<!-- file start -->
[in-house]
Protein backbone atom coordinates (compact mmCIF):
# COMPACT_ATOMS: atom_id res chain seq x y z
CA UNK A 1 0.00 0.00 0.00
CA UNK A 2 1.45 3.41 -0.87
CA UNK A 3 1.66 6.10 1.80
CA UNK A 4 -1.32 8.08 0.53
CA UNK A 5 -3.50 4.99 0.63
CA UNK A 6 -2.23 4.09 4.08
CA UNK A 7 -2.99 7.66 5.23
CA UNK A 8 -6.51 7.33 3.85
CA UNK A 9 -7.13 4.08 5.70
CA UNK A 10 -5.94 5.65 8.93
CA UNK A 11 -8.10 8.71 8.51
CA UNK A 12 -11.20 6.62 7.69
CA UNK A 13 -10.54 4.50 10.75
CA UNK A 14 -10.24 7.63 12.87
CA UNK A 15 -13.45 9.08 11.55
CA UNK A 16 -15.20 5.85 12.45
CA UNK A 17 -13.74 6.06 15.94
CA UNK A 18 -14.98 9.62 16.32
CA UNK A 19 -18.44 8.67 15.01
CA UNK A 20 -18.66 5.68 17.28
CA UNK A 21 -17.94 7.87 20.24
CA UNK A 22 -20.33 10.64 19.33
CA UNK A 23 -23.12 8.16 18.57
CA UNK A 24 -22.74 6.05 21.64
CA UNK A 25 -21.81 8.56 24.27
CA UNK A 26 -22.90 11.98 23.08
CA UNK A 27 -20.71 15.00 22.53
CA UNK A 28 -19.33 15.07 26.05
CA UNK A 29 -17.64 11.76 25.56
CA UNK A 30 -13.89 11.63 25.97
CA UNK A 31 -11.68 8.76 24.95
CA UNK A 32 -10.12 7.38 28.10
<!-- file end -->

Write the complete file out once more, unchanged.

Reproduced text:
[in-house]
Protein backbone atom coordinates (compact mmCIF):
# COMPACT_ATOMS: atom_id res chain seq x y z
CA UNK A 1 0.00 0.00 0.00
CA UNK A 2 1.45 3.41 -0.87
CA UNK A 3 1.66 6.10 1.80
CA UNK A 4 -1.32 8.08 0.53
CA UNK A 5 -3.50 4.99 0.63
CA UNK A 6 -2.23 4.09 4.08
CA UNK A 7 -2.99 7.66 5.23
CA UNK A 8 -6.51 7.33 3.85
CA UNK A 9 -7.13 4.08 5.70
CA UNK A 10 -5.94 5.65 8.93
CA UNK A 11 -8.10 8.71 8.51
CA UNK A 12 -11.20 6.62 7.69
CA UNK A 13 -10.54 4.50 10.75
CA UNK A 14 -10.24 7.63 12.87
CA UNK A 15 -13.45 9.08 11.55
CA UNK A 16 -15.20 5.85 12.45
CA UNK A 17 -13.74 6.06 15.94
CA UNK A 18 -14.98 9.62 16.32
CA UNK A 19 -18.44 8.67 15.01
CA UNK A 20 -18.66 5.68 17.28
CA UNK A 21 -17.94 7.87 20.24
CA UNK A 22 -20.33 10.64 19.33
CA UNK A 23 -23.12 8.16 18.57
CA UNK A 24 -22.74 6.05 21.64
CA UNK A 25 -21.81 8.56 24.27
CA UNK A 26 -22.90 11.98 23.08
CA UNK A 27 -20.71 15.00 22.53
CA UNK A 28 -19.33 15.07 26.05
CA UNK A 29 -17.64 11.76 25.56
CA UNK A 30 -13.89 11.63 25.97
CA UNK A 31 -11.68 8.76 24.95
CA UNK A 32 -10.12 7.38 28.10